Things to Consider When Planning a Weekend Wedding

Written by Katrina Otter
It’s safe to say that multi-day/weekend weddings are THE most popular enquiry we receive for wedding planning support services at Katrina Otter Weddings – from full planning (everything from start to finish) to on-the-day/weekend coordination, and in 2024, all of our weddings involve either pre and/or post-events.

With couples now having the freedom and opportunity to host their weddings further afield, the increase in the number of multi-day/weekend hire wedding venues, and the desire to spend longer celebrating such a momentous occasion surrounded by family and friends, it’s easy to see why weekend weddings are as popular as they are.

From a personal perspective, I adore having the opportunity to organise (and be a part of) additional and extended celebratory events – from luxuriously intimate welcome dinners to post-wedding brunches, pool parties to after-after parties! It’s a chance to break away from the wedding day norm, to spend as much time as possible with those you love most, and to truly make the most of a venue or setting.

That being said, extended weekend-long weddings entail additional considerations, especially from an organisational, logistical and budgeting perspective, so with this in mind, here are my top tips/things to consider when planning a weekend wedding.

Weekend Wedding Tips


This is, quite rightly, the first and most crucial step when it comes to planning a multi-day wedding – finding the perfect location that can host and accommodate you and your guests for more than one day.

As a starting point, you’re already in the best place possible, as Coco Wedding Venues has an expertly curated list of venues that ticks this very box! And when it comes to choosing the setting or venue that’s right for you and an extended weekend of celebrations, you’ll also need to consider:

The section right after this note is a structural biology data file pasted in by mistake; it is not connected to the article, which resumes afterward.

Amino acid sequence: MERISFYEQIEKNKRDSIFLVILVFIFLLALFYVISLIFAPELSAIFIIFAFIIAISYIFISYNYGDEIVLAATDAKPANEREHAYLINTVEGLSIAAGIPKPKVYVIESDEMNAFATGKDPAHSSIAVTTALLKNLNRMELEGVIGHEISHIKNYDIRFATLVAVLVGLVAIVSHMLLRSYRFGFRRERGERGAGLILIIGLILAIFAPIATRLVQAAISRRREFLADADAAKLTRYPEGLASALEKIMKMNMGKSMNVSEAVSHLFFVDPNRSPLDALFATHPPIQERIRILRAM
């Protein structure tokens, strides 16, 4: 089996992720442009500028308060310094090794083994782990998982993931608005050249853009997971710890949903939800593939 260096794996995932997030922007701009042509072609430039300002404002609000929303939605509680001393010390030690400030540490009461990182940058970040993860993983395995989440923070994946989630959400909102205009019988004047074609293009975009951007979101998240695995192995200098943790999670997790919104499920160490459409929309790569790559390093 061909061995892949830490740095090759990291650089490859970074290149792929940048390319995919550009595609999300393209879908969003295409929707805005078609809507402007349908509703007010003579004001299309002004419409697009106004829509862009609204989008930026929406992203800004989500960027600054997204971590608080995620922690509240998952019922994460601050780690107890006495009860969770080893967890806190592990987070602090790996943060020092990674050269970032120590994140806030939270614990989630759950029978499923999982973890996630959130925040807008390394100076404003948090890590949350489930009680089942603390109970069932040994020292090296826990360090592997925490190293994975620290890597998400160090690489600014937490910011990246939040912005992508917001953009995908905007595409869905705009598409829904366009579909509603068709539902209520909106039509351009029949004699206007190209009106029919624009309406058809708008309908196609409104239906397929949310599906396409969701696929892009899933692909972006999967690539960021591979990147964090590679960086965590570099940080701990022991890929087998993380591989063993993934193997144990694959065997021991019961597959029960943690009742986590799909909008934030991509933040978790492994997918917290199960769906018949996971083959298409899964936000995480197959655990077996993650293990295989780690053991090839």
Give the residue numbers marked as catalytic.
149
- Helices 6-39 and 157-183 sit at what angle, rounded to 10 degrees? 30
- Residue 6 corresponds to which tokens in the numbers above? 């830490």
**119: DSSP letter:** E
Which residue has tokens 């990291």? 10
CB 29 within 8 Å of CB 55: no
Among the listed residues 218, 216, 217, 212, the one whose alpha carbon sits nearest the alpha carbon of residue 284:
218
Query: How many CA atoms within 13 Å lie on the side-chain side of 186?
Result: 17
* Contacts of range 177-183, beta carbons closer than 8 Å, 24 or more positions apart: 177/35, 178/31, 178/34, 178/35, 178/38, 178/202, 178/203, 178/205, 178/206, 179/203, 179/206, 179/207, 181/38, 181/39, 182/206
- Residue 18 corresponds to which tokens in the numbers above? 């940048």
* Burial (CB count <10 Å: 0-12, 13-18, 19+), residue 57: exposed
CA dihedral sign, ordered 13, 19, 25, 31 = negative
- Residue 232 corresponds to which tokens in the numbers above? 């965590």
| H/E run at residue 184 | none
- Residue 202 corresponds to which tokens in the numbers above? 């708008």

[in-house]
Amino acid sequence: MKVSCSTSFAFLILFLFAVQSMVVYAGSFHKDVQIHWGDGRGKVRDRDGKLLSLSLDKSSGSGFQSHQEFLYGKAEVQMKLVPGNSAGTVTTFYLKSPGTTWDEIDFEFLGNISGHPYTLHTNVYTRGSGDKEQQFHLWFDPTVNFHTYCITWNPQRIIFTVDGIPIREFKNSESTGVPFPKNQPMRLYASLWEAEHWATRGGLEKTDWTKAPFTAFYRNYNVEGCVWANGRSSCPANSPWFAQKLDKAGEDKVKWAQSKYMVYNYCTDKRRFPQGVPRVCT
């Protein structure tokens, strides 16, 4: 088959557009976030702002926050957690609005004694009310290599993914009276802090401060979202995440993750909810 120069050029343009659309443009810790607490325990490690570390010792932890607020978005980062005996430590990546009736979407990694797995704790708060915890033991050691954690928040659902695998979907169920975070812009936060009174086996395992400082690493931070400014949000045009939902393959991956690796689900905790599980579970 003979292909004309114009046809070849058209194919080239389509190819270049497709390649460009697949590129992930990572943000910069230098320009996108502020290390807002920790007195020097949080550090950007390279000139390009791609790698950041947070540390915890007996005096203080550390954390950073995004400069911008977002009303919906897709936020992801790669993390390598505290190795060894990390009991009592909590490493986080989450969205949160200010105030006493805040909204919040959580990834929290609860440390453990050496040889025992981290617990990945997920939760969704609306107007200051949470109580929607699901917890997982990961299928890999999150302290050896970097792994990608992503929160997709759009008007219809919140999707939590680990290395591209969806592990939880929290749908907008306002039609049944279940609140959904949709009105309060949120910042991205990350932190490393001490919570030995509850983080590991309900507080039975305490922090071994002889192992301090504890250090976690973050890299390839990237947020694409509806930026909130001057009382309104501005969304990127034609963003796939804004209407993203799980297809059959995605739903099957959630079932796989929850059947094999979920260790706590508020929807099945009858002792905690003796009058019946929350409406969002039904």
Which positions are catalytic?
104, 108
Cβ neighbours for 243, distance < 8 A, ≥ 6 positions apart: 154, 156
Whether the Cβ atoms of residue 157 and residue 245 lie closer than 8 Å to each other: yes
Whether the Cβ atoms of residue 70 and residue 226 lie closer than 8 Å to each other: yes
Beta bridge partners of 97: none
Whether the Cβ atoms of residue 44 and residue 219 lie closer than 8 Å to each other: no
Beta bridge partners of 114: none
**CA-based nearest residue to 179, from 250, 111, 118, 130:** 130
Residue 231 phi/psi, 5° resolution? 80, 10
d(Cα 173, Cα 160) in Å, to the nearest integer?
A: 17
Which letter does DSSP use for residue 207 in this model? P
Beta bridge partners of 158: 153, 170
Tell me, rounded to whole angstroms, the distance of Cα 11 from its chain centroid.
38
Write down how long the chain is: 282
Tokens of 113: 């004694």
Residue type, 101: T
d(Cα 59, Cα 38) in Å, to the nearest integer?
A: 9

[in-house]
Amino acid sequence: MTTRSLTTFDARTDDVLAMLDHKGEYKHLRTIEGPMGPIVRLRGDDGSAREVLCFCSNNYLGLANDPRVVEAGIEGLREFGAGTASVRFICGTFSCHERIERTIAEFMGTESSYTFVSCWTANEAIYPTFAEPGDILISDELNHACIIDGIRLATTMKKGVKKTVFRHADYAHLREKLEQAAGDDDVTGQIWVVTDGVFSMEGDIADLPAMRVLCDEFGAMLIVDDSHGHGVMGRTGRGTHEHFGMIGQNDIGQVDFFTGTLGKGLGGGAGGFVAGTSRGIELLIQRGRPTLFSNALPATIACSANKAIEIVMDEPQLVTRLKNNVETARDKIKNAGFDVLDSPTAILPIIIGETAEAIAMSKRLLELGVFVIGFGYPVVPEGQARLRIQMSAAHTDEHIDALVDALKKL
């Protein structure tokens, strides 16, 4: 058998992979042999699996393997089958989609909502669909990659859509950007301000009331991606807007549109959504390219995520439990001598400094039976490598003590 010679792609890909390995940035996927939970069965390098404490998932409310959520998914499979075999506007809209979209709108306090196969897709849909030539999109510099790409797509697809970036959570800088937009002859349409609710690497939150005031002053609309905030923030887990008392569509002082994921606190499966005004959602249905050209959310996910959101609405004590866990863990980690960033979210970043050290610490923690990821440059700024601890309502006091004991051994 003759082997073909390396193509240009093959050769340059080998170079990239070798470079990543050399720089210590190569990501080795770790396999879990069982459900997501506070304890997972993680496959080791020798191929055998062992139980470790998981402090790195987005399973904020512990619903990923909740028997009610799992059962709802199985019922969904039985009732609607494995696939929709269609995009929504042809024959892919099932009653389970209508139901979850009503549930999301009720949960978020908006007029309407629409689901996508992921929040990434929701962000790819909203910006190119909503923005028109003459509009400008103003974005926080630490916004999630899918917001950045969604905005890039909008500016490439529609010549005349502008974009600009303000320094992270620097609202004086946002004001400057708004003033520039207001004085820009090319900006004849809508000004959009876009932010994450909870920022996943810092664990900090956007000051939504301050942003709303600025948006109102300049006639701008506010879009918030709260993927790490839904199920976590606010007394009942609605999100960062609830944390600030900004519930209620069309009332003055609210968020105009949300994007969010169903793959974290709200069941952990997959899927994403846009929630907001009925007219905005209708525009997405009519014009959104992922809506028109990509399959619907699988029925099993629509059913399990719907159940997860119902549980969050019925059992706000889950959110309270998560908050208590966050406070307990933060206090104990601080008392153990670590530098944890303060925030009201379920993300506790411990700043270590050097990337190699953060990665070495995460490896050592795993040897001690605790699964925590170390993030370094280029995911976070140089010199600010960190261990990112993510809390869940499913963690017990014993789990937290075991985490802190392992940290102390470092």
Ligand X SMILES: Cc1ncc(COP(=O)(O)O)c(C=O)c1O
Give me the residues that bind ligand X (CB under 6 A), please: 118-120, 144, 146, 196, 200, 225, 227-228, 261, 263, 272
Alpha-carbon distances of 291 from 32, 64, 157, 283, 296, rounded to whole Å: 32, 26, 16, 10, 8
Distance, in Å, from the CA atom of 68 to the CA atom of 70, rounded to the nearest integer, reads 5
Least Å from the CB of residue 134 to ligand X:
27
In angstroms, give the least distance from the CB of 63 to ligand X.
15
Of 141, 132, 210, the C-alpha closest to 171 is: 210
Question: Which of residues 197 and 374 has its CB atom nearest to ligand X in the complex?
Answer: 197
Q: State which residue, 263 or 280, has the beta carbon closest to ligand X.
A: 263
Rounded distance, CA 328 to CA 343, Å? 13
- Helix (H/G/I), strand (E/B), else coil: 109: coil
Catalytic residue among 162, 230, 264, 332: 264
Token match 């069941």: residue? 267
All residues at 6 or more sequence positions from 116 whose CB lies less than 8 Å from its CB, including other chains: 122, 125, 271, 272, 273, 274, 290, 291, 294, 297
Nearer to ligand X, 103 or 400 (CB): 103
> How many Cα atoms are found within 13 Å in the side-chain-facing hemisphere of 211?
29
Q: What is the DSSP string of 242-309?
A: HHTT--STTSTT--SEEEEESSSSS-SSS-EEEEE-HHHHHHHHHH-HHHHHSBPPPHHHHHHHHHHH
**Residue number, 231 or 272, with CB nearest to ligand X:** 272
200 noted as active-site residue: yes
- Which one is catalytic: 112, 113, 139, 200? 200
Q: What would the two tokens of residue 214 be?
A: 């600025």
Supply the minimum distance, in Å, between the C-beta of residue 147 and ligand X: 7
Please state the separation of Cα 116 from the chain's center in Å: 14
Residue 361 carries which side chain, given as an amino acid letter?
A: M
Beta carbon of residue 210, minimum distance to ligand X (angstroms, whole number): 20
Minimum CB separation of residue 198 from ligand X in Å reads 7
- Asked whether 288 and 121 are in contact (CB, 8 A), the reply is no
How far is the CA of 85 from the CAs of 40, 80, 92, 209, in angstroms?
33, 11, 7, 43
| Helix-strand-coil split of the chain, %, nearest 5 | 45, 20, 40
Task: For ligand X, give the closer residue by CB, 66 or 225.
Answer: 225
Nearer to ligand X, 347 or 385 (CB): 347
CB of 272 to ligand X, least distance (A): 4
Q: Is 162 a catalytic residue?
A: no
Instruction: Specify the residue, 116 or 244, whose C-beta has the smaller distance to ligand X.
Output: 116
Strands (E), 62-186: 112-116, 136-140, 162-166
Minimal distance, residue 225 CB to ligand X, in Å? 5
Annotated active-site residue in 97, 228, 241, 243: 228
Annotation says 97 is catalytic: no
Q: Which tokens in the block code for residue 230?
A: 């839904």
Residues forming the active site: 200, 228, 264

• Location and accessibility, especially for those guests that are travelling from further afield
  • Options for overnight accommodation for you and your guests, both onsite and nearby
  • The surrounding area, including local attractions (i.e. towns, villages, restaurants, pubs, landmarks etc.) and activities
  • Locations/spaces for both the wedding day itself and pre and post-events (ideally both indoor and outdoor), including plan bs

And if you’re planning a marquee wedding at home, the same rules apply. You’ll also need to think about any additional logistical marquee considerations such as power/fuel, a toilet refresh/pump-out, layout, turnaround, cleaning, etc.


Multi-day/weekend weddings ARE, for obvious reasons, more expensive. However, additional days don’t have to break the bank, i.e. welcome drinks at a local pub, an informal pool party or a casual picnic.

Before committing to multiple days and additional events, think about your ideal itinerary and then create a guideline budget. Start with the wedding day itself (to ensure that you have this fully covered), and then work your way backwards to see what options and extras you can realistically afford/manage.

When budgeting for your wedding, remember to factor in a contingency pot for unexpected rising costs (I’d suggest 15% of your overall budget if you’re planning multiple events) and be meticulous with your record-keeping. That way, if you’re juggling various suppliers/event plans, you should be able to adjust your budget accordingly if needed.


Following a similar thread to the above, multi-day/weekend weddings DO (once again for obvious reasons) require more thought and time to plan: multiple spaces, locations, logistics, activities, suppliers, guest lists, dietaries, guest movements, set-ups… you get the drift.